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Circular reasoning

From Wikipedia, the free encyclopedia

Circular reasoning (Latin: circulus in probando, "circle in proving";[1] also known as circular logic) is a logical fallacy in which the reasoner begins with what they are trying to end with.[2] The components of a circular argument are often logically valid because if the premises are true, the conclusion must be true. Circular reasoning is not a formal logical fallacy but a pragmatic defect in an argument whereby the premises are just as much in need of proof or evidence as the conclusion, and as a consequence the argument fails to persuade. Other ways to express this are that there is no reason to accept the premises unless one already believes the conclusion, or that the premises provide no independent ground or evidence for the conclusion.[3] Begging the question is closely related to circular reasoning, and in modern usage the two generally refer to the same thing.[4]

Circular reasoning is often of the form: "A is true because B is true; B is true because A is true." Circularity can be difficult to detect if it involves a longer chain of propositions.

History

an example of circular reasoning.
an example of circular reasoning.

The problem of circular reasoning has been noted in Western philosophy at least as far back as the Pyrrhonist philosopher Agrippa who includes the problem of circular reasoning among his Five Tropes of Agrippa. The Pyrrhonist philosopher Sextus Empiricus described the problem of circular reasoning as "the reciprocal trope":

The reciprocal trope occurs when what ought to be confirmatory of the object under investigation needs to be made convincing by the object under investigation; then, being unable to take either in order to establish the other, we suspend judgement about both.[5]

The problem of induction

Joel Feinberg and Russ Shafer-Landau note that "using the scientific method to judge the scientific method is circular reasoning". Scientists attempt to discover the laws of nature and to predict what will happen in the future, based on those laws. However, per David Hume's problem of induction, science cannot be proven inductively by empirical evidence, and thus science cannot be proven scientifically. An appeal to a principle of the uniformity of nature would be required to deductively necessitate the continued accuracy of predictions based on laws that have only succeeded in generalizing past observations. But as Bertrand Russell observed, "The method of 'postulating' what we want has many advantages; they are the same as the advantages of theft over honest toil".[6]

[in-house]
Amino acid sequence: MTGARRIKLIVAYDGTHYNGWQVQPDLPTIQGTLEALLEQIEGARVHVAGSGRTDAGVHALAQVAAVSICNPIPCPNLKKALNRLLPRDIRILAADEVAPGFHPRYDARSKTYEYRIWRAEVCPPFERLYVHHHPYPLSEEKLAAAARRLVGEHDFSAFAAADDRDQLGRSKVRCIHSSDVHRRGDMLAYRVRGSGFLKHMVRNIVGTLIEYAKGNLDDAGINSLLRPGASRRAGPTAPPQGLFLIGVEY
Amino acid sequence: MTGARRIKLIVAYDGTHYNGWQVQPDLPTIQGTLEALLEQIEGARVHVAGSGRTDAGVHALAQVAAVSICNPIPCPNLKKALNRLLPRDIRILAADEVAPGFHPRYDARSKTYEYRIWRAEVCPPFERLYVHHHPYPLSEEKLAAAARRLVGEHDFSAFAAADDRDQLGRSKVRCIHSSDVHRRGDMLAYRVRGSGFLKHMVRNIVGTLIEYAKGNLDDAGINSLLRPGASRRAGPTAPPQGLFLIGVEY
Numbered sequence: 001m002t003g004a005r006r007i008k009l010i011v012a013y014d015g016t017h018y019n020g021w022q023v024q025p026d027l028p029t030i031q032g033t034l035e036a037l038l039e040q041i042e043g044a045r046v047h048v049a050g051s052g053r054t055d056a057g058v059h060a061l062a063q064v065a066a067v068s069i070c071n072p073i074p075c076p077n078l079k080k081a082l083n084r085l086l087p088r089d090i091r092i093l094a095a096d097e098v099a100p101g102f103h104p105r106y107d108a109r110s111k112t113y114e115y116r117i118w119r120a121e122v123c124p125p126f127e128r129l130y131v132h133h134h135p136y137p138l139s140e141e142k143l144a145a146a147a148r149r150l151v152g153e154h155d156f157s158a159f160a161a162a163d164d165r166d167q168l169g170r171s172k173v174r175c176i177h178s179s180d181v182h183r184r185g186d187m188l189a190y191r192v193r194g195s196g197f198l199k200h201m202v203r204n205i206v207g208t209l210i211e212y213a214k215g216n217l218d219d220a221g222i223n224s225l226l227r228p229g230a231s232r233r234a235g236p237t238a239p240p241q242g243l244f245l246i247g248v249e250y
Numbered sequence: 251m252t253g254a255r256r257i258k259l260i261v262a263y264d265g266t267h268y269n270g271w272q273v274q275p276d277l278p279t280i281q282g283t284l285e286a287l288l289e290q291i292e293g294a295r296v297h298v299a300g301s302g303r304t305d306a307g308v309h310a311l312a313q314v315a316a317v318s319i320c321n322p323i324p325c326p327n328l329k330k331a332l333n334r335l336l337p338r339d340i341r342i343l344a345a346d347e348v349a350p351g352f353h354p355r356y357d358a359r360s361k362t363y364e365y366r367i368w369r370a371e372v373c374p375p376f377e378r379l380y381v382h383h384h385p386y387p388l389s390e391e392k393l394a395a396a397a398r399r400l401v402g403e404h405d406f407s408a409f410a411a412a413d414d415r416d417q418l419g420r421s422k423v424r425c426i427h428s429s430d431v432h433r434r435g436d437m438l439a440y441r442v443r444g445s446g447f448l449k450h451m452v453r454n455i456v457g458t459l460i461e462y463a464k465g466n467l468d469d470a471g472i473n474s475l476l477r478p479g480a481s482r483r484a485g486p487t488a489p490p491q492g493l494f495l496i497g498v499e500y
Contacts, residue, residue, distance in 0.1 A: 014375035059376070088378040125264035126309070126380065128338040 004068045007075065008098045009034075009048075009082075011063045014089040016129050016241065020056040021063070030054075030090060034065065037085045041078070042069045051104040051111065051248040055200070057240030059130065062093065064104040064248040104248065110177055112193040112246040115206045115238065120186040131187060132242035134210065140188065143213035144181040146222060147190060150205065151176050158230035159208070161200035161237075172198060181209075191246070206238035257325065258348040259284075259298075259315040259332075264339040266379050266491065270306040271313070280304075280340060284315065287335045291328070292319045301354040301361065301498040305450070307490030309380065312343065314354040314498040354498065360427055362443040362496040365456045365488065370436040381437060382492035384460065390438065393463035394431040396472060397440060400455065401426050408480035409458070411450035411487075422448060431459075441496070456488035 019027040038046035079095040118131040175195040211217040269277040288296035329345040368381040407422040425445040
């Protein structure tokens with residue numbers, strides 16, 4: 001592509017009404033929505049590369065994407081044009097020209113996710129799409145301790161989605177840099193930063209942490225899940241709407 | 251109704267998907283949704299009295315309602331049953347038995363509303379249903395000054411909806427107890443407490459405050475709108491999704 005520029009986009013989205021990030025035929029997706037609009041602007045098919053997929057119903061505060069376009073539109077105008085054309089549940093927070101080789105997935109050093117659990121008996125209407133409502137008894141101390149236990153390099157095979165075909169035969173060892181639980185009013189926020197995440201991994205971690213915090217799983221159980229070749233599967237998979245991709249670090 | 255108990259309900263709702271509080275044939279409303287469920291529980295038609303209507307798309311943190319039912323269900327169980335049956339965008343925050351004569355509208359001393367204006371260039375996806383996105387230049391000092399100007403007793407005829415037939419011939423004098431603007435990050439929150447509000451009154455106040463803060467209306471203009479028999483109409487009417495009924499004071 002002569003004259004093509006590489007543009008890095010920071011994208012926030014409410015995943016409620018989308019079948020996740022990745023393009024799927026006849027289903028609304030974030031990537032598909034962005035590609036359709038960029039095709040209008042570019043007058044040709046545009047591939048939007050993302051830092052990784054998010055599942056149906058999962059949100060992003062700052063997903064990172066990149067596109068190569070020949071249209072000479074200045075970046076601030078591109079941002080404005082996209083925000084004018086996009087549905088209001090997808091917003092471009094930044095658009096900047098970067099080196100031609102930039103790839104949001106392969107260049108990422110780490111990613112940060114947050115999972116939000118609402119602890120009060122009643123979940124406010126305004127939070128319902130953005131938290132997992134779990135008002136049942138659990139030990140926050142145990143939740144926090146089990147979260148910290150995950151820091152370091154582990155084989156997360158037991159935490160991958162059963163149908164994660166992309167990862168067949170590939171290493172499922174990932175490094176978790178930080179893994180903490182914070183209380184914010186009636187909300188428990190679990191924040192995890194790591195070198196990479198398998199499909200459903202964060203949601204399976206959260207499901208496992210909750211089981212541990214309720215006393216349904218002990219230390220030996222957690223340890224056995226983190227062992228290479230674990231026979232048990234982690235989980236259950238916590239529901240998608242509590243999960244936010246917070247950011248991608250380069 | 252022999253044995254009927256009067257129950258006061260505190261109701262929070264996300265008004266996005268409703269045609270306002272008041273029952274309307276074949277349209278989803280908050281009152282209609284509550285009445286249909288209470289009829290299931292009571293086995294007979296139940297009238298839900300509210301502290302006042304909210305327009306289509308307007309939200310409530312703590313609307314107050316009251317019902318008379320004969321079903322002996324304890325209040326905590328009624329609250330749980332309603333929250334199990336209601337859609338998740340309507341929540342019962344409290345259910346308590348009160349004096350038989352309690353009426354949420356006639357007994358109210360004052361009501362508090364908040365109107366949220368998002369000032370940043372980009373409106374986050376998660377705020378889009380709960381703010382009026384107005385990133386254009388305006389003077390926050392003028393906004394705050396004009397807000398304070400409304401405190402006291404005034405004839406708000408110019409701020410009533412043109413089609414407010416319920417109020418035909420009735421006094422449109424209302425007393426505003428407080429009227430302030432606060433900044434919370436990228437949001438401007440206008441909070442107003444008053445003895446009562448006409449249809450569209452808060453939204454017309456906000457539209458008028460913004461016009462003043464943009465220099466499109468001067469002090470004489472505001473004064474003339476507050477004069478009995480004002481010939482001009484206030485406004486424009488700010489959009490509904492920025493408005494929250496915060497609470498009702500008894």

See also

References

  1. ^ Chisholm, Hugh, ed. (1911). "Circulus in Probando" . Encyclopædia Britannica. 6 (11th ed.). Cambridge University Press. p. 389.
  2. ^ Dowden, Bradley (27 March 2003). "Fallacies". Internet Encyclopedia of Philosophy. Archived from the original on 9 October 2014. Retrieved April 5, 2012.
  3. ^ Nolt, John Eric; Rohatyn, Dennis; Varzi, Achille (1998). Schaum's outline of theory and problems of logic. McGraw-Hill Professional. p. 205. ISBN 9780070466494.
  4. ^ Walton, Douglas (2008). Informal Logic: A Pragmatic Approach. Cambridge University Press. ISBN 9780521886178.
  5. ^ Sextus Empiricus, Pyrrhōneioi hypotypōseis i., from Annas, J., Outlines of Scepticism Cambridge University Press. (2000).
  6. ^ Feinberg, Joel; Shafer-Landau, Russ (2008). Reason and responsibility: readings in some basic problems of philosophy. Cengage Learning. pp. 257–58. ISBN 9780495094920.

External links

This page was last edited on 3 August 2020, at 09:01
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